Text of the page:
Have you ever wondered what owning things really costs you, if there is a hidden cost beyond the dollar value of a possession? And is our drive to own newer, bigger and fancier things actually threatening our freedom? Well here is something to think about.
Possession – the state of having, owning, or controlling something.
This has been a driving focus of our modern culture for many decades. We are a consumer society. We are inundated with visual enticements to possess goods advertised to make us happier or give us prestige. The consumer economy thrives because it has perfected the message that new is better and we believe this to be true. But is it true?
I recently had a conversation with a lovely lady originally from Iran. She was very adamant that I understood she was of Persian decent and not Iranian. She did not want me to associate her with the current regime governing her homeland but rather the beautiful history of a ancient culture that has given humanity many refinements, contributions and discoveries. She was very proud of her heritage but I sensed she was embarrassed by the current state of Iran.
When the Shah of Iran was overthrown in 1979, Iran was a pretty progressive country in the middle eastern region at the time. Now there are many layers to this story in history and I won’t go there as not all was rosy, but eventually Iran ended up with the theocratic state they have now. One that is based on Islamic rule and with a supreme leader that has control over the military, judiciary system and the media.
I asked this beautiful Persian lady, how it was that a seemingly progressive country could have let themselves be taken over by a religious faction? Her reply has been the topic of many deep thoughts for me for the last month. She replied, “It is because the people loved their things more than they loved their freedom.”
Now regardless of where the statement came from or to what it referred to, the incredible wisdom in her reply hit me like a ton of bricks. So I started to think about our current society with all it’s social ills and how our drive to consume and have the latest bright and shiny objects may be affecting our freedom as individual people, and our culture as a whole.
The first piece of freedom we loose when we choose to acquire a possession, is time. You may think the first thing we lose is money, but money is just the mechanism needed for the exchange of commodities. It is time that is needed to be consumed in order to earn the money to buy that item.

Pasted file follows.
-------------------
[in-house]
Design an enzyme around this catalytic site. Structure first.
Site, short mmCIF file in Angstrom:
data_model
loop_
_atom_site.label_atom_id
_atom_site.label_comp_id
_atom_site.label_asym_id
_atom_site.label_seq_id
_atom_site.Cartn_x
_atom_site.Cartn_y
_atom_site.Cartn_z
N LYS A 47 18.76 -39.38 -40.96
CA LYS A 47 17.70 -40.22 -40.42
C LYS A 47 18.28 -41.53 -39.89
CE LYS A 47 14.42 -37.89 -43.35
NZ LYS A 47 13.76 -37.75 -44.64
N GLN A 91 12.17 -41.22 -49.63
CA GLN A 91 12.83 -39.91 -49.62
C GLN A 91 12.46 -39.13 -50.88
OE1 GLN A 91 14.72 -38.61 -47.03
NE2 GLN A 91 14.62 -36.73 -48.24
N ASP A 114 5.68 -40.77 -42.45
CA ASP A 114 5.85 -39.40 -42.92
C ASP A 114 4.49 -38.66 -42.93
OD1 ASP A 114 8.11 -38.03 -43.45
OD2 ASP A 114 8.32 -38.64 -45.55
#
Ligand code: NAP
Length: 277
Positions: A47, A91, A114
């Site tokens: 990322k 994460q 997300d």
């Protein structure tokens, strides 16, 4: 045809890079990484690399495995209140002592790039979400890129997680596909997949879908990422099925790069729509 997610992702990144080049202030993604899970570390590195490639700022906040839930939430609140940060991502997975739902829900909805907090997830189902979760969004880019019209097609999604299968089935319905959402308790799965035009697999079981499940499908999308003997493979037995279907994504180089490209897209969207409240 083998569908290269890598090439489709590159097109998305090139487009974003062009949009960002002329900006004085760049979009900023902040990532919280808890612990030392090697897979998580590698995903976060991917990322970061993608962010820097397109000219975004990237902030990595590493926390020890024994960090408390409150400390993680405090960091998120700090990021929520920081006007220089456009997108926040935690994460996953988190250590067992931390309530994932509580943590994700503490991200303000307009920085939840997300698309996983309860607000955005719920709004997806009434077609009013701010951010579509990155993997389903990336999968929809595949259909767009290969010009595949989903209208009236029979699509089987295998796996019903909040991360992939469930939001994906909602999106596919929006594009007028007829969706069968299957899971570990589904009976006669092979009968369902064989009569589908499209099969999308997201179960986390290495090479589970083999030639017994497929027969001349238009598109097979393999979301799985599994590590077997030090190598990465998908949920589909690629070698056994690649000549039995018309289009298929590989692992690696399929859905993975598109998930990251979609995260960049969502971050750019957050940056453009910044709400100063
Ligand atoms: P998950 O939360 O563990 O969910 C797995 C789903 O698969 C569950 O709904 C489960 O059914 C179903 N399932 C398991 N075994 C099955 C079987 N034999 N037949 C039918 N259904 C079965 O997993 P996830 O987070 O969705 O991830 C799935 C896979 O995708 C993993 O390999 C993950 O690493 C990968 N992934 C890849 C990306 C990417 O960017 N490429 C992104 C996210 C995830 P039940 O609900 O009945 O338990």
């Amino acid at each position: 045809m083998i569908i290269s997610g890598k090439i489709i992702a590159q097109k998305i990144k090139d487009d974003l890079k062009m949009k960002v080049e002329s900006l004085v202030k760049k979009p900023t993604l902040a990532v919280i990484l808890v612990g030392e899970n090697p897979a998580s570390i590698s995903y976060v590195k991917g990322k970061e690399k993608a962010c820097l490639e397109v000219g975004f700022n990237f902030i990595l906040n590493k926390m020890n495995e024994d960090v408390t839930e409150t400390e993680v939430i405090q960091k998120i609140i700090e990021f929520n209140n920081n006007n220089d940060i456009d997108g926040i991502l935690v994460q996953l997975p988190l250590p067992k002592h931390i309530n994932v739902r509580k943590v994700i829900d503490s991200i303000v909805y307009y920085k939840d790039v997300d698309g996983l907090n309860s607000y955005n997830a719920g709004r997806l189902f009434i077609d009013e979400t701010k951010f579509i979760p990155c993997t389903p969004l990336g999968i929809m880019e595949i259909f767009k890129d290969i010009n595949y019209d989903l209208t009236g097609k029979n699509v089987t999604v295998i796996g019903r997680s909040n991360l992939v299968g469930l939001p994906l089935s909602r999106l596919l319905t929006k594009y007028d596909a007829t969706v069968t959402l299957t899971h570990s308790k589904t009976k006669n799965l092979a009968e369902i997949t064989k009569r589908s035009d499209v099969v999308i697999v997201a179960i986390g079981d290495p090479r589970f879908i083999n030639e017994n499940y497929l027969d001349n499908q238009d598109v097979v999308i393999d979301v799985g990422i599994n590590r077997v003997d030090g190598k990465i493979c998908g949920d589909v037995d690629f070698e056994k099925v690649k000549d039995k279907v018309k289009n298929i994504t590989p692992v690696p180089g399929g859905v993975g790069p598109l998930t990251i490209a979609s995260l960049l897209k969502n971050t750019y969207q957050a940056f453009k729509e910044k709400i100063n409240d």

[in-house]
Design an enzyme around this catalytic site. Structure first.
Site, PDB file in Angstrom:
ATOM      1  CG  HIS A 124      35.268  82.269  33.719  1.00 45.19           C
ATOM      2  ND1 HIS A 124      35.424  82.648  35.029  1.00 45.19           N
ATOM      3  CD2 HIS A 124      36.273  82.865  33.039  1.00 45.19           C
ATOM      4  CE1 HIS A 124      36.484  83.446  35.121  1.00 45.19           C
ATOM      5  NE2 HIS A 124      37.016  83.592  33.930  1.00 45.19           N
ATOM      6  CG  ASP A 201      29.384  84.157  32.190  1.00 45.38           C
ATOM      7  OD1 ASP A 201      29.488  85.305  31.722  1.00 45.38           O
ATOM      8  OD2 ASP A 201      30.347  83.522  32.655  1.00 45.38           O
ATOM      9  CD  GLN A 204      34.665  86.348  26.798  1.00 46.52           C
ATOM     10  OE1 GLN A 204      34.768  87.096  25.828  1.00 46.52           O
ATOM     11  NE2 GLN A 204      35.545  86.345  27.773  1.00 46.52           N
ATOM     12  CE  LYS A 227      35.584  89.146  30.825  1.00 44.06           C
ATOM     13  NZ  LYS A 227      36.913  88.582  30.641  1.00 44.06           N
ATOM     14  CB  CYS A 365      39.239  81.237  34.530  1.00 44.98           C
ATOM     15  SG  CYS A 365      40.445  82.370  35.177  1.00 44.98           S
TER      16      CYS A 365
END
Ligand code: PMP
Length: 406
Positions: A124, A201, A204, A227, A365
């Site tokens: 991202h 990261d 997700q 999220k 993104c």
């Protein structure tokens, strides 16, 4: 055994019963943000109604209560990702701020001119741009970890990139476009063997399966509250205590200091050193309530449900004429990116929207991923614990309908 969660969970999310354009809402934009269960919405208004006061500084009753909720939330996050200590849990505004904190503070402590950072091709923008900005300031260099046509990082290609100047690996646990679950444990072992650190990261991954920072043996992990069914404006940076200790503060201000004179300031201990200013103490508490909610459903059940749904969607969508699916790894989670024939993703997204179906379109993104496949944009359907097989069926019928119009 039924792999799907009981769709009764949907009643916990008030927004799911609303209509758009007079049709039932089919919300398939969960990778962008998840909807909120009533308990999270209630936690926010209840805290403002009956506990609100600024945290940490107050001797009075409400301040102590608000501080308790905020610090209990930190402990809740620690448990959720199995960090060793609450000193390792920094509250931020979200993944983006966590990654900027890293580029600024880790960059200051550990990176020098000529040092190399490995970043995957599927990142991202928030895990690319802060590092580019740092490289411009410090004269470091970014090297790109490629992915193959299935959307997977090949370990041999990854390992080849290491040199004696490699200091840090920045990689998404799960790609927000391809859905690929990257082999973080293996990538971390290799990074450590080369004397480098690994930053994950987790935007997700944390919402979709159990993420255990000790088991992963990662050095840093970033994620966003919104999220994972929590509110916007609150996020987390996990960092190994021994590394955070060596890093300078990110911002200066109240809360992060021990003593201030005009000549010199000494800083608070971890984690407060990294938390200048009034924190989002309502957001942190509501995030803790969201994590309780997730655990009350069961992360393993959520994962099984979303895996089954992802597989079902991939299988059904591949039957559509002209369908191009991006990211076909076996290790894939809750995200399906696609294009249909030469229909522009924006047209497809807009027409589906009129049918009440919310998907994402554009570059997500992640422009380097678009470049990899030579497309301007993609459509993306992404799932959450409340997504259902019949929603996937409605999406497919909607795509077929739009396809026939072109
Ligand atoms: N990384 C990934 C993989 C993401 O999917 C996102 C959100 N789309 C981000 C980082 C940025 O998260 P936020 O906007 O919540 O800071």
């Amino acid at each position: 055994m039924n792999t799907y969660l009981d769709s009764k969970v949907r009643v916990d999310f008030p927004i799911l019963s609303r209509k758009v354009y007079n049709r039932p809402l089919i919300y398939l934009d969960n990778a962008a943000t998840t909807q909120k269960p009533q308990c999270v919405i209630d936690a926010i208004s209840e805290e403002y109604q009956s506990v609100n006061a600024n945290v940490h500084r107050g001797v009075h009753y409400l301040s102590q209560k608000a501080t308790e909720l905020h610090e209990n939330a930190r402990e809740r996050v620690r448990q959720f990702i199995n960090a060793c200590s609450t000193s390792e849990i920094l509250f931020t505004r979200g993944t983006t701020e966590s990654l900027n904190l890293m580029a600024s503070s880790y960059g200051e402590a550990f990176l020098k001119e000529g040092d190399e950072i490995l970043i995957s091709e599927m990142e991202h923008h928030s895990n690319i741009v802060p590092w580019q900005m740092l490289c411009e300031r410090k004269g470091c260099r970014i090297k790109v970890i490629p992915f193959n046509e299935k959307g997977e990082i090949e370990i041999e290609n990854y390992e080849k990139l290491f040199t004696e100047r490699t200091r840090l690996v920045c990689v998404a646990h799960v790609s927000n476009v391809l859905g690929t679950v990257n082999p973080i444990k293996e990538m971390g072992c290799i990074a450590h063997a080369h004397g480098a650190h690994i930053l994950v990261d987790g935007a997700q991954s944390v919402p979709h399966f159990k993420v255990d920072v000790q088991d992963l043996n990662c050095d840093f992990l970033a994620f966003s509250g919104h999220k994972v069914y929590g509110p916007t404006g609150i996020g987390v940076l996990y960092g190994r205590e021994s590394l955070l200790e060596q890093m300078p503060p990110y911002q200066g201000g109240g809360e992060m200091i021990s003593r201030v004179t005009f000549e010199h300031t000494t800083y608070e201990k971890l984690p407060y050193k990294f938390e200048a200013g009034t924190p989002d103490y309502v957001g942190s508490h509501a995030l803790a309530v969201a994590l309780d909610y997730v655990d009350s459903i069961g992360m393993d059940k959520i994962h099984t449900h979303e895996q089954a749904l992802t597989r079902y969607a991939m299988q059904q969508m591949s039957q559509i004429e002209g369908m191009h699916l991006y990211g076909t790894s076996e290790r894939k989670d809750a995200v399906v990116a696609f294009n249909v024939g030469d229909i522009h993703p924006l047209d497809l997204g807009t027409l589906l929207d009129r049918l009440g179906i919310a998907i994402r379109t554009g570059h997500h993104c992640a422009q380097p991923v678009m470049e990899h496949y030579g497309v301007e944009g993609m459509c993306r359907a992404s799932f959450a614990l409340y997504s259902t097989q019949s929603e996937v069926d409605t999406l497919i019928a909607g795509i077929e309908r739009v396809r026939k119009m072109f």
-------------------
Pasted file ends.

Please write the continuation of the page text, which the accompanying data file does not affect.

Time is finite, there is only 24 hours in a day. To live the life you truly want, you will need time to do the things you truly want to do. When you have to work at a job in order to pay for the things you have been programmed by those slick ad campaigns to want, you use up some of that finite time.
Let’s use a car as an example. You have your eye on that shiny red, sporty model. The one they advertise with images of it driving around a cool city with a couple of beautiful people inside looking happy and so together. The car costs $40,000. Let’s say for the sake of the example that you earn $20 an hour at your job after taxes and work 40 hours a week for a total of $800 per week in take home pay. You will have to give up 50 weeks of your work time to pay for that shiny car.
“Well that’s not too bad” you say, “one year and I own it.” Yes but there are other things you want, or own, that you are also paying on. Maybe you have a mortgage or at least rent. Maybe a fancy smartphone that needs to be paid for every month. The list can go on and on. The point is, in order to have those things, you need to use up a lot of your precious, finite time to pay for them. Time that could be used pursuing the activities that you really want to do but are now, not free to do.
“Okay” you say, “but I freely choose to use my time to work to pay for the things I want.” Fair enough, but there are other ways your freedom is being taken away from you because of your stuff.
Let’s go back to that shiny red, sporty car. Society demands that you take responsibility for your actions while driving that car so there must be rules that need to be followed for the safety of all, you just can’t race down the roads without regard for others. So even though you understand that, you have to live within a set of moral, societal and legal rules. Your freedom to act as you may please behind the wheel of that sweet ride is curtailed.